The full English: how to fall in love with this country

My nine-year-old half-Russian daughter has arrived in England for the first time since she was a baby. As she knows almost nothing about British culture apart from Peppa Pig and Willy Wonka, my job is to put together a week-long programme before she goes back to Italy, where she currently lives with her mother, my ex-partner. They were living in Russia but left following Vladimir Putin’s invasion of Ukraine. Ideally, my daughter will go home enthused about all things English and wanting a lifetime more. But where do I start? Peppermint Aeros and Crunchie bars are the things I want to pass on, far more than the music of Elgar

How to get the most from your wood-burner

Recently, Sadie Nicholas shared ten lessons she’s learnt from ten years of having a wood-burner. In response, Spectator readers offered their own advice for getting the most from your wood-burner – from maximising the heat and minimising the mess to fire-lighting tricks and cooking tips… Join the fan club Try cooking with it Choose your wood wisely Don’t spend a fortune on firewood Dry matters How to clean the glass (or not) How to get the fire going Finding the best firelighters Dealing with unwelcome visitors Get the stove (and the set-up) right

The dos and don’ts of getting a wood-burner

Of all the money we’ve spent on our barn conversion since we moved in 13 years ago, the wood-burner we installed in our living room trumps bathrooms, oak flooring and even a beautiful garden room extension as our best investment. At £2,000, the neat cast-iron stove was worth every penny – and never more so than now, when the temperature is plummeting and our smart meter informs us that we’re blowing a zillion pounds a day on gas and electricity despite being frugal with the heating and, well, everything else.  Log-burners weren’t such a common sight when we got ours in 2012, but since then they’ve grown in popularity among

The cult of the wood-burner

The British middle-classes are a predictable breed. We love nothing more than to take goods that were once prudent and pragmatic and give them a luxury edge. From the Mini Cooper, first marketed as an affordable car for the masses, to Land Rover Defenders that we have no intention of spoiling with mud, we like our creature comforts to be rooted in a make-do-and-mend mindset, even if they have long outgrown their original purpose. It’s little wonder, then, that the British have been so quick to embrace wood-burners. Because what embodies that no-nonsense, post-war mentality better than huddling around the hearth to keep warm or stacking logs into a shed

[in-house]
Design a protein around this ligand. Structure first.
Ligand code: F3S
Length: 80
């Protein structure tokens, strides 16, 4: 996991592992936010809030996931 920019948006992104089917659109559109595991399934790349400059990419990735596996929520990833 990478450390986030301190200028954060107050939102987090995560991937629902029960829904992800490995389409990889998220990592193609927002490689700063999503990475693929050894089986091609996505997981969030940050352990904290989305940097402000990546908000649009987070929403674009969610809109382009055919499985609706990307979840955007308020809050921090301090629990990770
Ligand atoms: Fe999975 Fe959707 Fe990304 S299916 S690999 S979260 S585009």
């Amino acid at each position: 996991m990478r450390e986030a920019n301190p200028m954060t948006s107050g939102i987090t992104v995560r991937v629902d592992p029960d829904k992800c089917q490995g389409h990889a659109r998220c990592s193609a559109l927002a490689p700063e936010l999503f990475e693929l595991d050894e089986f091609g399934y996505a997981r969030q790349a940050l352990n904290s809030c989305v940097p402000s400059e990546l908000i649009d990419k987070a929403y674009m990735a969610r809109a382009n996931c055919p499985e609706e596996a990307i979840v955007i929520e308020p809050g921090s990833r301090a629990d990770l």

How to cut your hair at home: top tips from Hugh Grant’s barber

“I don’t like dropping names,” says Haks Oscar, when I ask him about his celebrity clients, “but we’ve got several – from Hugh Grant to Jose Mourinho.” The Chelsea based barber has been cutting hair for 33 years, and the tradition has been in his family for five generations. “We are, what I call, the old school real barbers,” says Haks, who’s transported by private jet to attend to the tresses of Saudi royalty, “whenever they require.” His King’s Road barbershop in Chelsea has even had princely posteriors in its seats. “We have members of royalty from various countries that, as a family, come over on their private jet, just

How would Labour’s proposed tax grab affect your home?

At first glance you could be forgiven for thinking that Labour’s publication ‘Land for the Many’ is a set of policy ideas that solves the housing crisis. Increasing the supply of affordable housing and freeing up land to build, improving access to existing stock and transparency sounds fair, right? Yet tucked away inside the report, you’ll find a range of measures that could pull the market as we know it to pieces; it’s the most radical sets of property proposals since the mass building plan after the Second World War. The report’s editor, George Monbiot, has not thought through the unintended consequences of the proposals. Just one example and perhaps